REDD+ remains at a crossroads after Doha

Bruce Cabarle at the COICA side event, UNFCCC-COP18. © WWF/Jennifer Ferguson-Mitchell

Doha, Qatar -- 10 December 2012 – Negotiators took a pass on finalizing key elements of an international mechanism to reduce emissions from tropical deforestation and forest degradation (REDD+) – the second largest source of emissions that cause climate change -- at the recently concluded UN climate change meeting in Doha.
 
It was an up and then down two weeks for REDD+ at the 18th Conference of the Parties to UNFCCC that left negotiators and observers alike exhausted.  The first week started off with great promise as the chair of the technical body (SBSTA) tabled a draft text that provided a clear road map to finalizing the key issues needed to complete a functional REDD+ mechanism. For the first time, reference levels (RLs) and monitoring, reporting and verifying (MRV) were logically linked together into a coherent whole, and a common unit of measure (tons of carbon dioxide equivalents) was proposed for measuring emissions that is consistent with other sectors such as energy and transportation.
 
When it came down to approving the text for submission to the Parties, though, conflict arose. Some industrialized countries, led by Norway, called for an international process for third-party verification of emission reductions before being willing to commit to results-based finance for the full implementation of REDD+ (known as phase 3 in the negotiation text). This then had a dampening effect on the world's richest nations to make financial pledges for REDD+ for beyond 2012, with the notable exception of Vietnam and Norway which announced financing of US$30 Million for REDD+ implementation in Vietnam. 
 
Most developing countries, led by Brazil, rebuked the international verification process as ill-defined and inconsistent with the level of verification agreed to under a separate track of the negotiation known as the International Consultation and Analysis (ICA) process.  They objected to being held to a different standard than ICA for REDD+.  In addition, they were unwilling to discuss an international verification process in the absence of new and additional pledges for mid-term financing for 2013 to 2015, when a new global agreement is scheduled to be completed. Ultimately, the issues of money and international verification proved too volatile for SBSTA specialists whose success to date has been due to their ability to stay within the boundaries of providing methodological guidance for the implementation of REDD+. As such, the SBSTA negotiation came to a standoff at the end of week one and deferred to their next technical meeting in June 2013 in Bonn.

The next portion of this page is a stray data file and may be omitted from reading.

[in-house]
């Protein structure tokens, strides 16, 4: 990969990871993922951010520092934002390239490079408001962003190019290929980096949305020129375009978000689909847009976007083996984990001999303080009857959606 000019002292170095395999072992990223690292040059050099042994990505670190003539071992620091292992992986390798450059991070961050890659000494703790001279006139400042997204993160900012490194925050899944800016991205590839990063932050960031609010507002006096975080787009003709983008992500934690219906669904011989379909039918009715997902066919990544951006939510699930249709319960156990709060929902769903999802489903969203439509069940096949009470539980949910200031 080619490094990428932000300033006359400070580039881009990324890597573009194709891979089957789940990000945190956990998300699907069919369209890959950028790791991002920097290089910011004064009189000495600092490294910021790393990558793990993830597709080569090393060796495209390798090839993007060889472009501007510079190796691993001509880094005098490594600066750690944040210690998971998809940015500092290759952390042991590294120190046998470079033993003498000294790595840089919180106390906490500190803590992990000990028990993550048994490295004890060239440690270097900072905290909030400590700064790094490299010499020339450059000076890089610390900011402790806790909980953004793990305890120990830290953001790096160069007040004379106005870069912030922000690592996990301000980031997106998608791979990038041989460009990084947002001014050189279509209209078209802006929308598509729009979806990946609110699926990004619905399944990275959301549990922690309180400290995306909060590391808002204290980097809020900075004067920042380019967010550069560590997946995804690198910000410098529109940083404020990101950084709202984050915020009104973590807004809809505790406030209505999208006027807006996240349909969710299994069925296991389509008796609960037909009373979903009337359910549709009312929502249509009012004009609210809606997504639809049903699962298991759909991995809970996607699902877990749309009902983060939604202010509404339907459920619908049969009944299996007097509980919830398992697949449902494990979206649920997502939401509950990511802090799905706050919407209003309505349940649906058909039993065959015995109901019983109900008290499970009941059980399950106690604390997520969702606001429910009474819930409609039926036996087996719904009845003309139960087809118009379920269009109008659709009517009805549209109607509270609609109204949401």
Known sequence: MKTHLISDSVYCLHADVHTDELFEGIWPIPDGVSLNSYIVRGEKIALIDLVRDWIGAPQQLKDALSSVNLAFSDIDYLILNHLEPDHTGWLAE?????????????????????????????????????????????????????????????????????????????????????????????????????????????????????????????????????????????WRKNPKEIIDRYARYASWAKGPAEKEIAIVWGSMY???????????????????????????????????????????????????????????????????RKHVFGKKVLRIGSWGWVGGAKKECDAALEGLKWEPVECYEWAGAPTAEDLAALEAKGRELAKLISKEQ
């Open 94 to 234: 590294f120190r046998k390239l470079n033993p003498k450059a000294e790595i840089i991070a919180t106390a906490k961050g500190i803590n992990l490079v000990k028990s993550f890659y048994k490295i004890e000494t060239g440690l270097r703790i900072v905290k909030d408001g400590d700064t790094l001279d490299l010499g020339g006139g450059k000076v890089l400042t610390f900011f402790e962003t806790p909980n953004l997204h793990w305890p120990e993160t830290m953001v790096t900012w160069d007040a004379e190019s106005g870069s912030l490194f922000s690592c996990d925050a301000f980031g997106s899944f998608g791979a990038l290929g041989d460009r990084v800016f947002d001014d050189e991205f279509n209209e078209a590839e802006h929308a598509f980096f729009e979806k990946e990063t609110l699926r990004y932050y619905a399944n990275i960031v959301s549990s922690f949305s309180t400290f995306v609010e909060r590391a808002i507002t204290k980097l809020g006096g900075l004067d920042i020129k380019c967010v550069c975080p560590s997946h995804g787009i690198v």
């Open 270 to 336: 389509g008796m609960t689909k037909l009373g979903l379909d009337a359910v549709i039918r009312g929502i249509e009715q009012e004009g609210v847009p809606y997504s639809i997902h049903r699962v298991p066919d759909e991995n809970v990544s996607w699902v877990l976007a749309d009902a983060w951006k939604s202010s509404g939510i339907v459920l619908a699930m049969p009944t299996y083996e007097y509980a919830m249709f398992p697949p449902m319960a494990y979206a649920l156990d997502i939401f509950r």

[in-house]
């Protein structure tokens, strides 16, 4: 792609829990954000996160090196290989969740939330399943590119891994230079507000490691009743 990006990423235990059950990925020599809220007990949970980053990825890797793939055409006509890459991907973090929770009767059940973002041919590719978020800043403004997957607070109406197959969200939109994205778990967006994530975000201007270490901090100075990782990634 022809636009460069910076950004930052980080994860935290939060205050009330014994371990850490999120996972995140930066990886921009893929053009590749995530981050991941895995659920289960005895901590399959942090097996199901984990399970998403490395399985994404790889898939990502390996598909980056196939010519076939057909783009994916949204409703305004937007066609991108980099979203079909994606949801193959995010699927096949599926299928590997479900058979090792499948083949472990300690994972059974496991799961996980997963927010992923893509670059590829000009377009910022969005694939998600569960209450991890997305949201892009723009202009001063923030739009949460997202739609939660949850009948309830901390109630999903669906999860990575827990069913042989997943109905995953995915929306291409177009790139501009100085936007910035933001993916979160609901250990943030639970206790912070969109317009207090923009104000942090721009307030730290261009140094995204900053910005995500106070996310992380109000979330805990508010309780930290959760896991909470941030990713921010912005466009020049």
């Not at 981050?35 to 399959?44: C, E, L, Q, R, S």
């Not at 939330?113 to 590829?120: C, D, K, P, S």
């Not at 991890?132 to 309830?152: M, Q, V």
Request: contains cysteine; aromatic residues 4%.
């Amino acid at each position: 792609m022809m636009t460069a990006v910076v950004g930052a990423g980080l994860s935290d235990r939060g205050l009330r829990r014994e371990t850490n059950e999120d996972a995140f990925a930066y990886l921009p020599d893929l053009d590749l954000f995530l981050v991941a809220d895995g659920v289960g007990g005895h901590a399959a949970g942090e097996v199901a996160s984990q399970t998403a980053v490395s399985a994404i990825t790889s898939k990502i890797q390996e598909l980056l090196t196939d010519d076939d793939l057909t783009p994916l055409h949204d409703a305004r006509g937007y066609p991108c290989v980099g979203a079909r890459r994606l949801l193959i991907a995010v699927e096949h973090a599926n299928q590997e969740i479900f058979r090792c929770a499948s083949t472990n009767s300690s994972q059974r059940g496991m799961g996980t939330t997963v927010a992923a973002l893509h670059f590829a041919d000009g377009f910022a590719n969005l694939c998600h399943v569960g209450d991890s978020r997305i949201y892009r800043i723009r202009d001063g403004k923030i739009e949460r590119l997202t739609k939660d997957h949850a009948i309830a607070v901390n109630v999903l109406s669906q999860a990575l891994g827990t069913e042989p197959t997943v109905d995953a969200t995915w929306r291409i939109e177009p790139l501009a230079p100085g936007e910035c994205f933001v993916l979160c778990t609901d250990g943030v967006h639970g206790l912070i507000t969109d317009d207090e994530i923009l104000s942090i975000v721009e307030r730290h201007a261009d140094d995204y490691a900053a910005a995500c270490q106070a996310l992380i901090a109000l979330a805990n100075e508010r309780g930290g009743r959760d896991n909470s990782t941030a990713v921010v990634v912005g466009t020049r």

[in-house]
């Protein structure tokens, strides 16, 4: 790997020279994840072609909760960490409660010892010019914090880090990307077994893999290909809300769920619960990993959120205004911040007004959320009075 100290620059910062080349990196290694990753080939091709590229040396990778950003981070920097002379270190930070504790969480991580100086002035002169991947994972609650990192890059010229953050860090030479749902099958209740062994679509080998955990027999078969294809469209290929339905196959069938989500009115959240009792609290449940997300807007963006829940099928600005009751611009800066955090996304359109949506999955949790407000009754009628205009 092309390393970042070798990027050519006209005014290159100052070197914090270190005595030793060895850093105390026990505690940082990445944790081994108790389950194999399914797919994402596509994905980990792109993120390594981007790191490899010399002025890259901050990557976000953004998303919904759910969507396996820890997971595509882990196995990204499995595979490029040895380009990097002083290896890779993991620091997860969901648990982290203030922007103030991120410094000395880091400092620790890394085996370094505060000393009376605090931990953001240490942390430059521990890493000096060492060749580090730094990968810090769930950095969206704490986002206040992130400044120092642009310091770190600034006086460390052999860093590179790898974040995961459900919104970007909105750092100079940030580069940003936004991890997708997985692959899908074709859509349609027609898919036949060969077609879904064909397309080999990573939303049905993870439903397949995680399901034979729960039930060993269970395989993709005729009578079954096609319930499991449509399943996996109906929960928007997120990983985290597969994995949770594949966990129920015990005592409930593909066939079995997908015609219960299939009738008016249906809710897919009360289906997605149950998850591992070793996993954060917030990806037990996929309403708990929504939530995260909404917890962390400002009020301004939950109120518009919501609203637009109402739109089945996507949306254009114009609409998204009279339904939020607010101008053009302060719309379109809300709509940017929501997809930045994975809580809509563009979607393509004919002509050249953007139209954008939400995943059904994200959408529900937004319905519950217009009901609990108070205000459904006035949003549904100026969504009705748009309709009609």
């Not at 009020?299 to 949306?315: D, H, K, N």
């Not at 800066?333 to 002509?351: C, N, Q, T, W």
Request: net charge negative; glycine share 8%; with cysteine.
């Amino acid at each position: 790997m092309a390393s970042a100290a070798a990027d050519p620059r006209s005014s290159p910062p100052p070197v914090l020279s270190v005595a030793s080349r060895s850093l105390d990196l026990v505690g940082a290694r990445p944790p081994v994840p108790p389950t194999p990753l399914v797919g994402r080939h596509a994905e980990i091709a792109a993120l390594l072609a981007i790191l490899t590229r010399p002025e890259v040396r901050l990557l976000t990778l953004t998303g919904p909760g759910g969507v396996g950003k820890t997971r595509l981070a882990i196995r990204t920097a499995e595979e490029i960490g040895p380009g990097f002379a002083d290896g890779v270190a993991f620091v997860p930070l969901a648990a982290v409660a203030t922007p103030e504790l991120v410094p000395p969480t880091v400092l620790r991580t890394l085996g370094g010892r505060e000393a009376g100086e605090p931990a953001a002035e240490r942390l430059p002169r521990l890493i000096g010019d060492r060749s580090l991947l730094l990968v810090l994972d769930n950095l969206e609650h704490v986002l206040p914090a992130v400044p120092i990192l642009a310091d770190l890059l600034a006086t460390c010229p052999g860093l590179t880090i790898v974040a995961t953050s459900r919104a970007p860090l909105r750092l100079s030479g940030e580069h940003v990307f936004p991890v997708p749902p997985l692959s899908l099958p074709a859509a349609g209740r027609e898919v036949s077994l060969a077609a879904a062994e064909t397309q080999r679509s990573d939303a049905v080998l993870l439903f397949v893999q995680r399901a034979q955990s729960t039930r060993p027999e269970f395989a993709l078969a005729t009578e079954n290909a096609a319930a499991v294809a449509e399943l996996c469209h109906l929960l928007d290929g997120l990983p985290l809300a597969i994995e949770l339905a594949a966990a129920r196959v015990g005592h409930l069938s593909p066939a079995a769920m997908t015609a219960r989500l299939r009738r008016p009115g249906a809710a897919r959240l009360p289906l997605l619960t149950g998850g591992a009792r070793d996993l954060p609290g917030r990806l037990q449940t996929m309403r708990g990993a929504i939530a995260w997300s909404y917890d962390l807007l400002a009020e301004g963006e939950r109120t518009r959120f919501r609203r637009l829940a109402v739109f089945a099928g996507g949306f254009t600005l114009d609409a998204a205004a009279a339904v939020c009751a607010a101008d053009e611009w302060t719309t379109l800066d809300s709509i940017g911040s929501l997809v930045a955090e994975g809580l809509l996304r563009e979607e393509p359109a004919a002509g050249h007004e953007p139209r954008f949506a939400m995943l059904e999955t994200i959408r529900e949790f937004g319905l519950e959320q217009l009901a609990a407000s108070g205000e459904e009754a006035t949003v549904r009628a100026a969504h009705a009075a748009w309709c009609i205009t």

The Ministerial level negotiations during the second week agreed to a process to keep REDD+ alive until the next meeting of the Parties in 2013 in Warsaw, at which time a definitive way forward will be decided.  They also agreed to explore for the first time the issue of "non-carbon benefits" and how to provide incentives for both mitigation of emissions from forests and their adaptation to climate change through non-market based approaches. 
 
"While an agreement to continue to talk after the bewitched seventh year is nothing to write home about," said Bruce Cabarle, Leader of WWF's Forest and Climate Initiative, "the alternative was to have REDD+ die in the desert of Doha along with the mandate of the larger climate change negotiations. It all depends now on UNFCCC member countries to demonstrate in 2013 that they really want to make an effort to take REDD+ to the next level as a credible mechanism to combat emissions.  This will be a very important milestone towards the establishment of a fully functioning REDD+ mechanism by 2015."
 
"REDD+ is at a crossroads," added Cabarle, "this marks the first time in the history of UNFCCC negotiations that the Parties were not able to issue any guidance whatsoever on how to make REDD+ work, despite having produced several pages of good draft text on the critical building blocks needed to define national forest monitoring systems, MRV and reference levels."
 
Despite the somber realities of the REDD+ negotiations, several developing countries used the meeting to showcase their successful REDD+ readiness efforts. The Government of DRC released a joint case study with WWF, REDD+ for People and Nature: Case study of an integrated approach to REDD+ readiness in Mai-Ndombe, Democratic Republic of Congo, highlighting REDD+ readiness and making the case for increased financial commitments from donors for all phases of REDD+ (download report here: http://bit.ly/REDDcasestudy).
 
In releasing the report, Flory Botamba, WWF-DRC Mai-Ndombe Project Manager said: "This case study demonstrates that DRC, is taking REDD+ very seriously and is prepared to address the drivers of deforestation by strengthening the rights of local communities to forest resources, addressing the fuel wood crisis, and combating illegal logging. DRC is now moving their plans into action, and prepared to go to scale."
 
"From now on, progress with REDD+ will be a function of how much the Parties agree on the larger issues of ambition, commitments, results-based finance and international verification", said Cabarle reflecting upon Doha. "But time is not on our side – we must get serious about addressing climate change by making commitments to slow tropical deforestation and forest degradation the norm and not the exception." 
 
For further information: 
forestclimate@wwf.panda.org 
 
 
 

 

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